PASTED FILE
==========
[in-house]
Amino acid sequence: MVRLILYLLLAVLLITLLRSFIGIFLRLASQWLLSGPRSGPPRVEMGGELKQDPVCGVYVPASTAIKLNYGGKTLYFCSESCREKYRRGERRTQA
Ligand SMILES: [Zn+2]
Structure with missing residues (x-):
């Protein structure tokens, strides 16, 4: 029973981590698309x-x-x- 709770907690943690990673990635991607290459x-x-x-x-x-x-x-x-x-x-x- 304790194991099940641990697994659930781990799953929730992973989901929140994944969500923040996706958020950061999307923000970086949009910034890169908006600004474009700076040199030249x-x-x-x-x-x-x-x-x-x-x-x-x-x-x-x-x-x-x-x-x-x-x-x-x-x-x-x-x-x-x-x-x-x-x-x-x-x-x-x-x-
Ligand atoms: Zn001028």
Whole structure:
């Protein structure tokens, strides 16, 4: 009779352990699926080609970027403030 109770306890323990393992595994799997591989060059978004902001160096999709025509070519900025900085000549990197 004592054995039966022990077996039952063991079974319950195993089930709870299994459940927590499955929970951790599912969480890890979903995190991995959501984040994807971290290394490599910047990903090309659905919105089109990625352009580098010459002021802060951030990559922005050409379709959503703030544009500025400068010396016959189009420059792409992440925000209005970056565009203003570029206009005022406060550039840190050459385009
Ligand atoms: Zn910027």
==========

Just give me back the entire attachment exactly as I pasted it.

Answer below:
[in-house]
Amino acid sequence: MVRLILYLLLAVLLITLLRSFIGIFLRLASQWLLSGPRSGPPRVEMGGELKQDPVCGVYVPASTAIKLNYGGKTLYFCSESCREKYRRGERRTQA
Ligand SMILES: [Zn+2]
Structure with missing residues (x-):
């Protein structure tokens, strides 16, 4: 029973981590698309x-x-x- 709770907690943690990673990635991607290459x-x-x-x-x-x-x-x-x-x-x- 304790194991099940641990697994659930781990799953929730992973989901929140994944969500923040996706958020950061999307923000970086949009910034890169908006600004474009700076040199030249x-x-x-x-x-x-x-x-x-x-x-x-x-x-x-x-x-x-x-x-x-x-x-x-x-x-x-x-x-x-x-x-x-x-x-x-x-x-x-x-x-
Ligand atoms: Zn001028």
Whole structure:
């Protein structure tokens, strides 16, 4: 009779352990699926080609970027403030 109770306890323990393992595994799997591989060059978004902001160096999709025509070519900025900085000549990197 004592054995039966022990077996039952063991079974319950195993089930709870299994459940927590499955929970951790599912969480890890979903995190991995959501984040994807971290290394490599910047990903090309659905919105089109990625352009580098010459002021802060951030990559922005050409379709959503703030544009500025400068010396016959189009420059792409992440925000209005970056565009203003570029206009005022406060550039840190050459385009
Ligand atoms: Zn910027």